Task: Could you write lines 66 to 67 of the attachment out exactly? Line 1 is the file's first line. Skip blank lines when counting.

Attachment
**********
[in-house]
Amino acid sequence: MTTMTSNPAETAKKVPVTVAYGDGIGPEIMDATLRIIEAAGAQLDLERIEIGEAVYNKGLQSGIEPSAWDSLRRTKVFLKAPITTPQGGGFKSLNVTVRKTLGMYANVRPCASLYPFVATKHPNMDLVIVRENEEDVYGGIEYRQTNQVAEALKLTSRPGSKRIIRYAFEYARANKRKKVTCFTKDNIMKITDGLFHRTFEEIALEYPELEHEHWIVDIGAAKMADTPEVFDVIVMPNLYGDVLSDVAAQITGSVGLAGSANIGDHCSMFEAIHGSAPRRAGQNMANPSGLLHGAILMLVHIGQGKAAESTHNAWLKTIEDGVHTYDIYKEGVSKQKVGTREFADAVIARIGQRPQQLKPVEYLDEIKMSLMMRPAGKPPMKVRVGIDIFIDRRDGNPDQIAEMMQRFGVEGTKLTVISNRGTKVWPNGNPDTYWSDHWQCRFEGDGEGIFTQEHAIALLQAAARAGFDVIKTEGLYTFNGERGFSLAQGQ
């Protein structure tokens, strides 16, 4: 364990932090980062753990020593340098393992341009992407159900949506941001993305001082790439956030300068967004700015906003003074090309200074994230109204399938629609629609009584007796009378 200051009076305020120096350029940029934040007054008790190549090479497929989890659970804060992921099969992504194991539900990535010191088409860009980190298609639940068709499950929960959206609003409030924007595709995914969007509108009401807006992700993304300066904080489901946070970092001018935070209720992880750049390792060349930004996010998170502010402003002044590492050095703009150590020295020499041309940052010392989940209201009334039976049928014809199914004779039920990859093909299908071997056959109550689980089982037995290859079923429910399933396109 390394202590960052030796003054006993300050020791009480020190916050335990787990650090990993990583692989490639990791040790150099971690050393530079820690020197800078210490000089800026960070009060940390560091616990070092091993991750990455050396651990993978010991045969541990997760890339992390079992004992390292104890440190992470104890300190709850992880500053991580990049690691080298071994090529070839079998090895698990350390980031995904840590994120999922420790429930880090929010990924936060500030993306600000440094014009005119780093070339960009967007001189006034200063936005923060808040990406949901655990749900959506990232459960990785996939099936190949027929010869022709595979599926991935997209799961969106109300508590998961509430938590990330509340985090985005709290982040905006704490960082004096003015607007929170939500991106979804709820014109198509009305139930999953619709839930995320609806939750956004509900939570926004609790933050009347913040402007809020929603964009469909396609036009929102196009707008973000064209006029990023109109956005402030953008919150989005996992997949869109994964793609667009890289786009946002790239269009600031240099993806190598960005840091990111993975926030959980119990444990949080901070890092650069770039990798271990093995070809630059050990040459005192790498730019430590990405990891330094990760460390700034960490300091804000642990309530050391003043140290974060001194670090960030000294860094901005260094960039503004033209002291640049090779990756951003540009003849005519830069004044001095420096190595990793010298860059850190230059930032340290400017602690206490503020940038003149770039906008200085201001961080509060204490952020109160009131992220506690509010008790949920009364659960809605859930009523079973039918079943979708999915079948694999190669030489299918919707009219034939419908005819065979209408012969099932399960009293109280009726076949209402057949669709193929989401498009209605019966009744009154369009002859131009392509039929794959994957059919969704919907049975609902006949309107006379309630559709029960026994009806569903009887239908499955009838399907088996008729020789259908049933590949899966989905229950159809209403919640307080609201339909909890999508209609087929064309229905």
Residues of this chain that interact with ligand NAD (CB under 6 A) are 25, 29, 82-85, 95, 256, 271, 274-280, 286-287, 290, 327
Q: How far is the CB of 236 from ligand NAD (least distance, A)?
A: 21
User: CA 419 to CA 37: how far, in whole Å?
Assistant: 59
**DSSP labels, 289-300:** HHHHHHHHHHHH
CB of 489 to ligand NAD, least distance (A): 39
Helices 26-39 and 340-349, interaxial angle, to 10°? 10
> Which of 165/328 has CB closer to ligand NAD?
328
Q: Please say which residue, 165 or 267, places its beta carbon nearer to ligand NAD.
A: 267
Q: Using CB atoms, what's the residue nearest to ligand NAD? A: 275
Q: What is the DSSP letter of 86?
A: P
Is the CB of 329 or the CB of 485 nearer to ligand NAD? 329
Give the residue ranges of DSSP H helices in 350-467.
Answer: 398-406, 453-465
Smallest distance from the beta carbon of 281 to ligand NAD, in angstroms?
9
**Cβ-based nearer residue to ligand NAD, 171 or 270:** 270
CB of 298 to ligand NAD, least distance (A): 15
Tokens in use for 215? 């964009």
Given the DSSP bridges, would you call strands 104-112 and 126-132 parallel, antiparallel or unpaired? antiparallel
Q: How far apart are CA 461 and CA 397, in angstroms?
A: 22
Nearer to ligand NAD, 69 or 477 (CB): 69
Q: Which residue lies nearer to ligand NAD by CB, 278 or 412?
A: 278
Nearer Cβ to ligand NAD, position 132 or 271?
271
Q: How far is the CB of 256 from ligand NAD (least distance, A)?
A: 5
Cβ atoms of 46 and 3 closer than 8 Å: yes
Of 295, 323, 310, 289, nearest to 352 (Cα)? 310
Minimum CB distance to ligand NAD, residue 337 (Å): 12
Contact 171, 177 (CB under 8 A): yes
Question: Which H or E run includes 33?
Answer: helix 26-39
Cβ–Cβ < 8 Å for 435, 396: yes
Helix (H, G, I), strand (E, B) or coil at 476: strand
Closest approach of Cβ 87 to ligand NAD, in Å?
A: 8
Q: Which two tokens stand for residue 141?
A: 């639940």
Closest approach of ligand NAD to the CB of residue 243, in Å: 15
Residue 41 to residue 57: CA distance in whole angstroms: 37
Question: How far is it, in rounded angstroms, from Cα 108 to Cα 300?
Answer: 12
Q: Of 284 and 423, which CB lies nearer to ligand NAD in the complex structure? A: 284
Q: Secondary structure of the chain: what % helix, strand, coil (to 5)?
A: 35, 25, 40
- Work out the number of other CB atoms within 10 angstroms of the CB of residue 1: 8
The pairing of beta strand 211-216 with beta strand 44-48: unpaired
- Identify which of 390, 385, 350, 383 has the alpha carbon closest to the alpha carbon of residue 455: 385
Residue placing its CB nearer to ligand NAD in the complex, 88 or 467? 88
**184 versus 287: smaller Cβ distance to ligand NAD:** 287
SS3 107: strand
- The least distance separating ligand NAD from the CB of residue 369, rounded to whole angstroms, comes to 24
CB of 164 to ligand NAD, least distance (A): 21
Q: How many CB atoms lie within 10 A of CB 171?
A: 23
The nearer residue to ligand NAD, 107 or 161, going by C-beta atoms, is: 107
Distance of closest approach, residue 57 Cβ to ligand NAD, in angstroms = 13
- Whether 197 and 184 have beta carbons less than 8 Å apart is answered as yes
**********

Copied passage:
The nearer residue to ligand NAD, 107 or 161, going by C-beta atoms, is: 107
Distance of closest approach, residue 57 Cβ to ligand NAD, in angstroms = 13